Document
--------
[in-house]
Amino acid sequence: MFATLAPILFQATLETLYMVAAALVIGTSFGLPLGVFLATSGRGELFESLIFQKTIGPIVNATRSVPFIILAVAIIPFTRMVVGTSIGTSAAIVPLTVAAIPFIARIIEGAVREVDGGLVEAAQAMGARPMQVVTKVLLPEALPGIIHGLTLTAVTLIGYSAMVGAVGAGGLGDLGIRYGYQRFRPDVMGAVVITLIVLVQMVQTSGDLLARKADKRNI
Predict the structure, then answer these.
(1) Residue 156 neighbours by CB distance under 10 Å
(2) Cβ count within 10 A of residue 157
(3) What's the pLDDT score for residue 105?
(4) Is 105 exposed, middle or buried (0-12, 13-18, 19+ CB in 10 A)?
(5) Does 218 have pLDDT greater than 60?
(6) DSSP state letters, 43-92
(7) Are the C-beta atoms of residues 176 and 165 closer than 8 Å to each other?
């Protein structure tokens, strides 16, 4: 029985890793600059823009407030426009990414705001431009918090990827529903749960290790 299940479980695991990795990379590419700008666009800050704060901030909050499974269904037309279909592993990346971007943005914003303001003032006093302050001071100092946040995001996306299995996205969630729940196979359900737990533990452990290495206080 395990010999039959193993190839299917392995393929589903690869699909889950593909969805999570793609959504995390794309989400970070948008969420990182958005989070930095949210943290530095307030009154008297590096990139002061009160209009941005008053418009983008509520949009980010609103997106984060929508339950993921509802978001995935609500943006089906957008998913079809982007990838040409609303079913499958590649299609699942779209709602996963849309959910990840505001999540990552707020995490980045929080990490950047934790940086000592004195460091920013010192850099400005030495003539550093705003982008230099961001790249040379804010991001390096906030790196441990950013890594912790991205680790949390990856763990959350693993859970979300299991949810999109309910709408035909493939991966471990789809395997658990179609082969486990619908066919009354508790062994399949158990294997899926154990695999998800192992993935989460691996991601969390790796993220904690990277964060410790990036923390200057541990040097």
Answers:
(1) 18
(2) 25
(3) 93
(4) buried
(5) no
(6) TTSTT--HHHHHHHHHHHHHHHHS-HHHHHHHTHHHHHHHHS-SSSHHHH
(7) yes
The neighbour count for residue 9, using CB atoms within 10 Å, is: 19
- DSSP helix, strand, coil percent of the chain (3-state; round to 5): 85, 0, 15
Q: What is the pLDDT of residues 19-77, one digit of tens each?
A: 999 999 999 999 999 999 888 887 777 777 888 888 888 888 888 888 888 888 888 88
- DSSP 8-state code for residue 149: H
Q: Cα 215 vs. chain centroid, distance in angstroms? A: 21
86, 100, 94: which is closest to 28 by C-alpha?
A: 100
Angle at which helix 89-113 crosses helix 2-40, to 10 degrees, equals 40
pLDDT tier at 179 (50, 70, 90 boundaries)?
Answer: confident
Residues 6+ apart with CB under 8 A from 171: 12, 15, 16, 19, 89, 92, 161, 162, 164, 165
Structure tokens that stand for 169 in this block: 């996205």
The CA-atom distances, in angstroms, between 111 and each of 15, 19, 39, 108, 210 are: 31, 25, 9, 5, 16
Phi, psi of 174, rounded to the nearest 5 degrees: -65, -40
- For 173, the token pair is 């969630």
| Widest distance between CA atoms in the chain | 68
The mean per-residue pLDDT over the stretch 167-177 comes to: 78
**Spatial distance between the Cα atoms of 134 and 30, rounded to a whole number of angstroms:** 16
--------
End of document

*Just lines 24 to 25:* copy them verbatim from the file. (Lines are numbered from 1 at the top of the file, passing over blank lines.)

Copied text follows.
- DSSP 8-state code for residue 149: H
Q: Cα 215 vs. chain centroid, distance in angstroms? A: 21